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7 Unspoken Reasons Why People Ghost

Convenience, lack of communication skills, and more.

Key points

  • Ghosting is a frustrating experience that can leave the other person feeling confused, hurt, and rejected.
  • Some reasons for ghosting are convenience, lack of communication skills, and a desire to protect other person's feelings.
  • No matter the reason, ghosting can be a hurtful, and it is important to be open and honest with dating partners whenever possible.

Online dating has become increasingly popular in recent years, and for good reason. With the rise of technology, it’s no surprise that online dating has become an attractive option for many. While it can be a great way to connect with new people, it also has its downsides—one of which is ghosting.

Ghosting can happen in any interpersonal relationship—but in the realm of dating, the term is typically used when someone you have been talking to or dating suddenly stops responding to messages or calls without any explanation. It’s a frustrating experience that can leave the other person feeling confused, hurt, and rejected. It’s especially common in online dating in particular, where people can easily move on to the next potential match without any explanation.

Why Do People Ghost?

Why not engage in a more direct and honest conversation about not wanting to pursue the relationship further? Findings from scientific research offer several answers to this question, suggesting that one or more of the below factors are often at play.

1. Convenience. One of the main reasons why people decide to ghost someone instead of engaging in direct conversation is pure convenience. Ghosting is practical and less confrontational than other strategies.

2. Perceived lack of skills. In a recent study, Thomas and Dubar (2021) revealed that one motivation to avoid confrontation is that ghosters may believe they don’t have the communication skills needed to engage in open and honest conversations about the relationship.

3. No alternative solution. In some cases, people have tried other strategies to end the relationship before deciding to ghost someone. For example, in a study by Timmermans et al. (2021), ghosters revealed that they had ghosted someone because this other person refused to accept their reasons for rejection, and they felt they had no alternative solution.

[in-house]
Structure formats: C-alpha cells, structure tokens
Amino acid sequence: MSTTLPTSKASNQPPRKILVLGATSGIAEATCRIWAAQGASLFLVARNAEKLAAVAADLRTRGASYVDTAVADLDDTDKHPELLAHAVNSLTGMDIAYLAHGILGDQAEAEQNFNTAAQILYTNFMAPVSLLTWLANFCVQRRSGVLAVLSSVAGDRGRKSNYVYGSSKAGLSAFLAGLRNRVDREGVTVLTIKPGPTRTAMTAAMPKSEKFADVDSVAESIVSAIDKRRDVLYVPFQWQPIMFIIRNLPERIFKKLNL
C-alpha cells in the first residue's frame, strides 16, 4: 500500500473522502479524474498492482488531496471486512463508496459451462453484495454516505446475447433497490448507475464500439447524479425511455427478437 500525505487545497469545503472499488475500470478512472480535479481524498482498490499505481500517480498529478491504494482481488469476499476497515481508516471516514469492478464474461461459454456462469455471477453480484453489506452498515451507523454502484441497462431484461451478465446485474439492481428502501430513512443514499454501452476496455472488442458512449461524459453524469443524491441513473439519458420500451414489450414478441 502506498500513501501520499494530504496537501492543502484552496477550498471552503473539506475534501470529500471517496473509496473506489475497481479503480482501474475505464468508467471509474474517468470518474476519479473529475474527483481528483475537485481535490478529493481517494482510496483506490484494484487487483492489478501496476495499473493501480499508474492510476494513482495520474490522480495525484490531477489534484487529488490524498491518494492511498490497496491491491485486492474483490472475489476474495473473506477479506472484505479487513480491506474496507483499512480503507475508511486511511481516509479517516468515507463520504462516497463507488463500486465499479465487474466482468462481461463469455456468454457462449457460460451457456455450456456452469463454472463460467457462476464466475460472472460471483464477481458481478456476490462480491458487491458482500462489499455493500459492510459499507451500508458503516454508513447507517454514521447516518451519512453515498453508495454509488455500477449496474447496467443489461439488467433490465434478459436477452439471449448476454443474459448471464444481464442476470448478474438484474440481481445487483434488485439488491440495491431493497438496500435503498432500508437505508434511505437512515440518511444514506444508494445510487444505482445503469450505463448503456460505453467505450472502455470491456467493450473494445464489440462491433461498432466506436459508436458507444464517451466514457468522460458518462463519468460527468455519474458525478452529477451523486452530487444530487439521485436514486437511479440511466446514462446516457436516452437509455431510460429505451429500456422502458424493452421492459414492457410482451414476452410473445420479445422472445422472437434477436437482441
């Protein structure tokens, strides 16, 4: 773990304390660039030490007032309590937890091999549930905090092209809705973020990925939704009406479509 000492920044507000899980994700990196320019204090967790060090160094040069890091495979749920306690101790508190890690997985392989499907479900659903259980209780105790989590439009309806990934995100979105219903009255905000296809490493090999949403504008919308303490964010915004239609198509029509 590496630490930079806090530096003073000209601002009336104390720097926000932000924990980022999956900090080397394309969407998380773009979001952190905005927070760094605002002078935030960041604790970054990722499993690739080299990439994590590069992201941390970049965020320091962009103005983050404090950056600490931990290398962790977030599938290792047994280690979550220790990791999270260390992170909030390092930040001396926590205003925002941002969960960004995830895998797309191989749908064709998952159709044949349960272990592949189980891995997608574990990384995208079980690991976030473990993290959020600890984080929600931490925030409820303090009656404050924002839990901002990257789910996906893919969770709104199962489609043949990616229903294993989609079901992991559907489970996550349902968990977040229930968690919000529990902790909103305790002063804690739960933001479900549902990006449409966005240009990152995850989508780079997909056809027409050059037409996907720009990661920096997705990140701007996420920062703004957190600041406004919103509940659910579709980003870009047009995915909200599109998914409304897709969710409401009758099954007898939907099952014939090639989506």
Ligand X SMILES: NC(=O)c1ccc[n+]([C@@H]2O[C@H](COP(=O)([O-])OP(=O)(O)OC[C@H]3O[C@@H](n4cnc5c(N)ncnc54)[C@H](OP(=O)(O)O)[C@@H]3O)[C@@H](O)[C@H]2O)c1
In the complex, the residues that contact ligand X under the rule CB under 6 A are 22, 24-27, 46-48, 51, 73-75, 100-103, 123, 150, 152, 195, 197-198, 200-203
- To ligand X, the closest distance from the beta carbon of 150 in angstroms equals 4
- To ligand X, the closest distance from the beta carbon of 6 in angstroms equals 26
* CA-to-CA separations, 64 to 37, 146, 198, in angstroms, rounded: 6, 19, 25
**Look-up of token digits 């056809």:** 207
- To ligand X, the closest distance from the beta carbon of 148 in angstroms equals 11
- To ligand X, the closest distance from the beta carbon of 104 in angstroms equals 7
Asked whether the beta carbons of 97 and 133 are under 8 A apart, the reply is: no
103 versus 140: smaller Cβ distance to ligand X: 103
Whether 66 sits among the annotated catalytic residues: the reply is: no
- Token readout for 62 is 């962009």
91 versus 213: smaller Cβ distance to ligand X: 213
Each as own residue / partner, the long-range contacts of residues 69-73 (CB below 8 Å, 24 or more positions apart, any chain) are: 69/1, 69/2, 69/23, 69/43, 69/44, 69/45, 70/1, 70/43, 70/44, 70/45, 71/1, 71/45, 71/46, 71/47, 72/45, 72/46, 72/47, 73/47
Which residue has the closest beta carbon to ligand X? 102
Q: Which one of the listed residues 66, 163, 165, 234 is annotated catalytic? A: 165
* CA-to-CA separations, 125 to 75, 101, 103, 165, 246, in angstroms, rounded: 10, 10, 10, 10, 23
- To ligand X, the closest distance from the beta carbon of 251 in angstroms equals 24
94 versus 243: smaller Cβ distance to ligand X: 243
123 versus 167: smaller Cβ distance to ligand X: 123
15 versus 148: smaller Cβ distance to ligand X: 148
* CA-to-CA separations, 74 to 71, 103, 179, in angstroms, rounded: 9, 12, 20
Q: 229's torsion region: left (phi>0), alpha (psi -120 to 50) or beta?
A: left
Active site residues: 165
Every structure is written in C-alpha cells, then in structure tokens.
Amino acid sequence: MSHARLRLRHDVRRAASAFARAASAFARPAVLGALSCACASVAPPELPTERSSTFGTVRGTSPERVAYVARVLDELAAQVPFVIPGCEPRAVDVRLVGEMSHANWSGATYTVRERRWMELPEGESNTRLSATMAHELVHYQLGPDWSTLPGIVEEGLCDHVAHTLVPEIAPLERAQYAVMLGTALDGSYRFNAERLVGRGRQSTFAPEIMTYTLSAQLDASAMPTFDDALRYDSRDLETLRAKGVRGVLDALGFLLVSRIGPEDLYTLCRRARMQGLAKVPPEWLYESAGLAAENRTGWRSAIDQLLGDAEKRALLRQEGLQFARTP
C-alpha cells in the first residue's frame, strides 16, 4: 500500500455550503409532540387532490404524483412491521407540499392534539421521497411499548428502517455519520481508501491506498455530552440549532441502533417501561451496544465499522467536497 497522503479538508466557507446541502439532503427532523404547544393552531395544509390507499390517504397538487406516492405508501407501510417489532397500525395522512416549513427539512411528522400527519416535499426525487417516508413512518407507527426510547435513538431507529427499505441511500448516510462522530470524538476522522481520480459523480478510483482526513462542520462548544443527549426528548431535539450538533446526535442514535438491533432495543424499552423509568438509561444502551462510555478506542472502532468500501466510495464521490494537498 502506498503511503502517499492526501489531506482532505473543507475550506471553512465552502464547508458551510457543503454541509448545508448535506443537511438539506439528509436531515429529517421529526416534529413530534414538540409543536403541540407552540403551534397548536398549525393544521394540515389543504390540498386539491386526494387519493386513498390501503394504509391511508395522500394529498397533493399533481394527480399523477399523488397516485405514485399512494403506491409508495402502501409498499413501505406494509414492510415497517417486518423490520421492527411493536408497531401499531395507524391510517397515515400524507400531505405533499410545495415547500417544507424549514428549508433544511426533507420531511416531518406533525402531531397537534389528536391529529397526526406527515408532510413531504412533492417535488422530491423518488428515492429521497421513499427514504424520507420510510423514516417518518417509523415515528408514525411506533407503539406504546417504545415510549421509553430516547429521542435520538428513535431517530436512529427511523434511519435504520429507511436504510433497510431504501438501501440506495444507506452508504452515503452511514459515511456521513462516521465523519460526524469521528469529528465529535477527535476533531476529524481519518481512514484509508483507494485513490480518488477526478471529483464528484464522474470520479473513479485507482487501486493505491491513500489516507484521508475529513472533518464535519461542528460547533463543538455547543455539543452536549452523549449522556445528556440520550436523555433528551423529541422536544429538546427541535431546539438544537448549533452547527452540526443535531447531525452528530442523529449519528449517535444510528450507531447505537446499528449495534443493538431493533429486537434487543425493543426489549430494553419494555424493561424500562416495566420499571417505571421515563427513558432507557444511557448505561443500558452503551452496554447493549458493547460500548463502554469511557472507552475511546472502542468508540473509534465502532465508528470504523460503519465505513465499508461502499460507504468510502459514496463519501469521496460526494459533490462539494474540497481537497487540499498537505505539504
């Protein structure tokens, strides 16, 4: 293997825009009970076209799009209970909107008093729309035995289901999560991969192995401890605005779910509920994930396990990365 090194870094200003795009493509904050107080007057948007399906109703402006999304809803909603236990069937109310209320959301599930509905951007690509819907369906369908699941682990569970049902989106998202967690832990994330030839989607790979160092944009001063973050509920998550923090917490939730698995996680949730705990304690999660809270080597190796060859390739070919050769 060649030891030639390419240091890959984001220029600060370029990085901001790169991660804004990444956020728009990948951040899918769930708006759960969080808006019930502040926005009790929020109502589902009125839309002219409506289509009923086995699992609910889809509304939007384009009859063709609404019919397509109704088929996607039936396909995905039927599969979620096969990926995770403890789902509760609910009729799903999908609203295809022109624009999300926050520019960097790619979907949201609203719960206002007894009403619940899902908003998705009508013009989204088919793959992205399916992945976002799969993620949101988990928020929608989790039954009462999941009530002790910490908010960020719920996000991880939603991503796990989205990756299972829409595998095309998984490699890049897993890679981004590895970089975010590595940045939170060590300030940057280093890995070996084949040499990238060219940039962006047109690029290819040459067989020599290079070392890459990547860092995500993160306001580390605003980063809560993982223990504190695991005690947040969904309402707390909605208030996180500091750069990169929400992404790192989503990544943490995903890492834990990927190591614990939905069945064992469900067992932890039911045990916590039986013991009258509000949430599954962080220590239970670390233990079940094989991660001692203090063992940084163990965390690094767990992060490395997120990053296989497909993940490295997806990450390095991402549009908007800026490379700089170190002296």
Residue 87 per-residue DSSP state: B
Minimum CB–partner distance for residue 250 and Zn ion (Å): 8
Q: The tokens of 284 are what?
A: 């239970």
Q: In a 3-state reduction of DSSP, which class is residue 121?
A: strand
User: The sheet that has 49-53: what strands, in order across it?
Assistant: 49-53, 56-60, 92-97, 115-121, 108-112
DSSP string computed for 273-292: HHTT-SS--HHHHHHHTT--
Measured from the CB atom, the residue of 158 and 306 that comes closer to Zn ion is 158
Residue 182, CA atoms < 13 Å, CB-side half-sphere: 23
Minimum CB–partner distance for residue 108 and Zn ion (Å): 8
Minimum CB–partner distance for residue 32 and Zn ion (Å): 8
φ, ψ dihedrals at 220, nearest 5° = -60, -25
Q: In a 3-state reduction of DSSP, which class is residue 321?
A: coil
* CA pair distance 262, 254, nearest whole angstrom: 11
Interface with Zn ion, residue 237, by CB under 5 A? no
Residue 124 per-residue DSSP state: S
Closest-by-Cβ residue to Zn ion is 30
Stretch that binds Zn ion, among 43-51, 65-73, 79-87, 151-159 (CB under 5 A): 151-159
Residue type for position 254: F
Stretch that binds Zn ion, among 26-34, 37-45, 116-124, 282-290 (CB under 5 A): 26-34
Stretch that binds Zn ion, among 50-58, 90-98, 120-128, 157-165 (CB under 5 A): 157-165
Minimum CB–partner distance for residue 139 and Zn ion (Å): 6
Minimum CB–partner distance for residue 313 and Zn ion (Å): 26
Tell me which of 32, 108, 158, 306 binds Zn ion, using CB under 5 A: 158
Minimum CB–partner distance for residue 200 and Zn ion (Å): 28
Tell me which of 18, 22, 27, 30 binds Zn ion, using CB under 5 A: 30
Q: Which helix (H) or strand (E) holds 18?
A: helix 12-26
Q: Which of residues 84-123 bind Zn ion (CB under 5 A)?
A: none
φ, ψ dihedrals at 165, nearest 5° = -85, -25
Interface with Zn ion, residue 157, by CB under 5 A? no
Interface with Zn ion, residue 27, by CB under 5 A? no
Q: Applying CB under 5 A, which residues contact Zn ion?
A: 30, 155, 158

4. Undesirable behavior by the other person. Timmermans et al. (2021) also found that the question of why people choose to ghost can often be explained by the undesirable behavior of the person being ghosted—including, but not limited to, pushy, racist, or disrespectful actions. They also found that some ghosters became afraid for their own safety, fearing verbal abuse or even stalking if they continued the relationship or tried to end it in a more direct way.

5. Justified by the length and intensity of the relationship. Some ghosters believe that ghosting is justified when they have invested very little time and effort in the relationship, thinking that, in this case, no explanation is needed for breaking off contact (LeFebvre et al., 2019).

6. Protect the feelings of the person being ghosted. While most motivations for ghosting concern the ghoster’s feelings and wishes, some people decide to ghost someone because they want to spare the other person’s feelings and don’t want them to feel hurt and rejected (Thomas & Dubar, 2021).

7. It’s the "new normal." In their study, Timmermans et al. (2021) also found that some people ghost because they believe it has become a default way to end a relationship in online dating. This belief is strengthened by the fact that some key features of dating apps, such as the option to simply delete a match, facilitate ghosting.

These research findings offer some insight into the reasons why people ghost others. But no matter the reason, being ghosted can be a hurtful and confusing experience and may even lead to a lack of trust in future romantic relationships. Except in cases where you fear for your own safety, it's generally best to be open and honest with your dating partners about your feelings and intentions to avoid hurt and confusion. This way, online dating can become a more positive and enjoyable experience for all.

Facebook image: Eak.Temwanich/Shutterstock


LeFebvre, L. E., Allen, M., Rasner, R. D., Garstad, S., Wilms, A., & Parrish, C. (2019). Ghosting in emerging adults’ romantic relationships: The digital dissolution disappearance strategy. Imagination, Cognition and Personality, 39(2), 125–150.

Thomas, J. O., & Dubar, R. T. (2021). Disappearing in the age of hypervisibility: Definition, context, and perceived psychological consequences of social media ghosting. Psychology of Popular Media.

Timmermans, E., Hermans, A. M., & Opree, S. J. (2021). Gone with the wind: Exploring mobile daters’ ghosting experiences. Journal of Social and Personal Relationships, 38(2), 783-801.

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